Smith's Criminal Case Compendium

Smith's Criminal Case Compendium


This compendium includes significant criminal cases by the U.S. Supreme Court & N.C. appellate courts, Nov. 2008 – Present. Selected 4th Circuit cases also are included.

Jessica Smith prepared case summaries Nov. 2008-June 4, 2019; later summaries are prepared by other School staff.


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E.g., 01/29/2023
E.g., 01/29/2023

The defendant was charged with two counts of third-degree sexual exploitation of a minor, a Class H felony offense, and attaining the status of a habitual felon. The defendant entered an Alford plea to the sexual-exploitation charges and stipulated to having attained habitual-felon status. The plea arrangement provided that the charges would be consolidated into one Class H felony judgment, and that the defendant, as a habitual felon and a prior record level III offender, would receive an enhanced, Class D-level sentence of 67 to 93 months’ imprisonment, pursuant to G.S. 14-7.6. 

However, before accepting the plea and entering judgment, the trial court determined that the maximum sentence should be increased from 93 months to 141 months pursuant to the sentencing enhancement provided in G.S. 15A-1340.17(f) for certain “reportable convictions” that require enrollment in the sex-offender registry. The Court of Appeals allowed the defendant’s petition for writ of certiorari.

On appeal, the defendant argued that the trial court erred by increasing his maximum sentence from 93 months to 141 months pursuant to G.S. 15A-1340.17(f)’s sentencing-enhancement provision, which he argued does not apply to Class F through I felony reportable convictions enhanced with habitual-felon status. The Court of Appeals agreed, concluding that the defendant’s contemporaneous conviction of being a habitual felon did not reclassify his Class H felony convictions to a Class D felony conviction. Slip op. at ¶ 20. The Court rationalized that the plain language of G.S. 15A-1340.17(f) suggests that the sentencing enhancement only applies to those convicted of certain Class B1 through E felonies, rather than those convicted of lower-level felonies but punished at the higher level of Class B1 through E due to the application of some other sentencing enhancement. The Court thus held that the trial court erred by applying the 15A-1340.17(f) sentencing enhancement in the defendant’s case.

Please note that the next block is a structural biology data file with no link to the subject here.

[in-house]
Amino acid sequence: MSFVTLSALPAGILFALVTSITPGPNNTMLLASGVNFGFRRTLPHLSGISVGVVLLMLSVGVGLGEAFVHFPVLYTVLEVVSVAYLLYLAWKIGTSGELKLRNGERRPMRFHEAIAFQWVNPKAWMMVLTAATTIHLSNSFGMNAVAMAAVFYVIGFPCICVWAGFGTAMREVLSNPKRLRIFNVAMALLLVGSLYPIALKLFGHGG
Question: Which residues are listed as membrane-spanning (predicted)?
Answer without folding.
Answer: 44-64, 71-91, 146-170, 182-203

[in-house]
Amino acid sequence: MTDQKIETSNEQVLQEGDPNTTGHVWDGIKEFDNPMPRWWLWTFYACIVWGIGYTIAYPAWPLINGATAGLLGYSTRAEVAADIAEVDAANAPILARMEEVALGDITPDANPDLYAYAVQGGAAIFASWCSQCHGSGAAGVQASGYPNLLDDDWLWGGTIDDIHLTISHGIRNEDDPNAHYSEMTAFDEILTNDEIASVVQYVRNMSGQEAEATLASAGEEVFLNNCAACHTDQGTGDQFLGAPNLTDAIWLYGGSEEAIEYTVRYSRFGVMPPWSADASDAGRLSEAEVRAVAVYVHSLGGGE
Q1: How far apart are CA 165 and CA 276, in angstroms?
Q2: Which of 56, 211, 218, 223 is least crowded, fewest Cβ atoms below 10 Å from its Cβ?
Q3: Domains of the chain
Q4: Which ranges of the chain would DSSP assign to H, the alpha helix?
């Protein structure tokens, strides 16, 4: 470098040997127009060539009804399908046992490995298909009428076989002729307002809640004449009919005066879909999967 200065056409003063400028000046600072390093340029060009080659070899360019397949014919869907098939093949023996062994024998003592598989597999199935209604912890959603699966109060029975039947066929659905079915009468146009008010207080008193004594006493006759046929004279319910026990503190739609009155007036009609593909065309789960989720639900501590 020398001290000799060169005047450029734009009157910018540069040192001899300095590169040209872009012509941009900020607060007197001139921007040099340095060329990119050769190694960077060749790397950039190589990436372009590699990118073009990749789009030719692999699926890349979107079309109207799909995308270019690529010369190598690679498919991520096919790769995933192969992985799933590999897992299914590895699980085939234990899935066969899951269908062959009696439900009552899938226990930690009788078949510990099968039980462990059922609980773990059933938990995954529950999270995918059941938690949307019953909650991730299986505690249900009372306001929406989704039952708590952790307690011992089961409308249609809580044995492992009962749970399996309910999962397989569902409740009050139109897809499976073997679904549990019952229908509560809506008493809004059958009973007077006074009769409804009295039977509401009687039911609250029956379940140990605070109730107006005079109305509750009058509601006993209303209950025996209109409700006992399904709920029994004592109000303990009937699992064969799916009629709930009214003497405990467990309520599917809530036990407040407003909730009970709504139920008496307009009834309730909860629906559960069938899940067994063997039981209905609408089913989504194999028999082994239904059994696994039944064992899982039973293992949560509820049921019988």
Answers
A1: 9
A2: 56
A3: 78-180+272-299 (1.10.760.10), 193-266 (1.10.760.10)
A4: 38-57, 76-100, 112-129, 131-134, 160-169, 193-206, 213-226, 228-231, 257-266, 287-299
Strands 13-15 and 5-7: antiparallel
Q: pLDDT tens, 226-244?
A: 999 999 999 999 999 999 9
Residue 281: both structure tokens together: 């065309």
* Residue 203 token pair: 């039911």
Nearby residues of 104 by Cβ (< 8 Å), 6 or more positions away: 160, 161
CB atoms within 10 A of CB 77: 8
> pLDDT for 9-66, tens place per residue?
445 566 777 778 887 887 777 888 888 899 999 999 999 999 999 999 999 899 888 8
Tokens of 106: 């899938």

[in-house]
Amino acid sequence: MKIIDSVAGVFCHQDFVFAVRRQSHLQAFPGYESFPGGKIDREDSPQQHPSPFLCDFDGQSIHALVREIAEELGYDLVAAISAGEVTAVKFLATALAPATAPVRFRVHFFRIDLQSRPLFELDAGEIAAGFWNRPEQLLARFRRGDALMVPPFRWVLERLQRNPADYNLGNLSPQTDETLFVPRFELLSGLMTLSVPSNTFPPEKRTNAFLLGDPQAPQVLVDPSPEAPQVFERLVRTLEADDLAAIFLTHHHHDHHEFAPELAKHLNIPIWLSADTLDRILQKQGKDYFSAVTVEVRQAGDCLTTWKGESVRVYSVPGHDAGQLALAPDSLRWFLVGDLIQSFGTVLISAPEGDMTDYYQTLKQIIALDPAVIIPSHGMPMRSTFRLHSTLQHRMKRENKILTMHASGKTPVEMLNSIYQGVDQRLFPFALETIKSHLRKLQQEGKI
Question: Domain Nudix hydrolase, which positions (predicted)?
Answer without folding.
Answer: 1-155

The defendant was convicted of indecent liberties with a child and felony child abuse by sexual act based on crimes committed against his daughter and stepdaughter.  The court of appeals held that the trial court properly determined the defendant’s maximum term of imprisonment for felony child abuse by sexual act, a Class D felony, based upon the minimum term it had selected (64 months) rather than the minimum term permitted by statute (51 months). G.S. 15A-1340.17(f) provides that, for offenders sentenced for reportable convictions that are Class B1 through E felonies, the maximum term of imprisonment “shall be equal to the minimum term of imprisonment and twenty percent (20%) of the minimum term of imprisonment, rounded to the next highest month, plus 60 additional months.” Once the trial court set the defendant’s minimum term of imprisonment at 64 months (the top of the presumptive range), it properly added 64 plus 13 (20 percent of 64, 12.8, rounded to the next highest month) plus 60, totaling 137 months.

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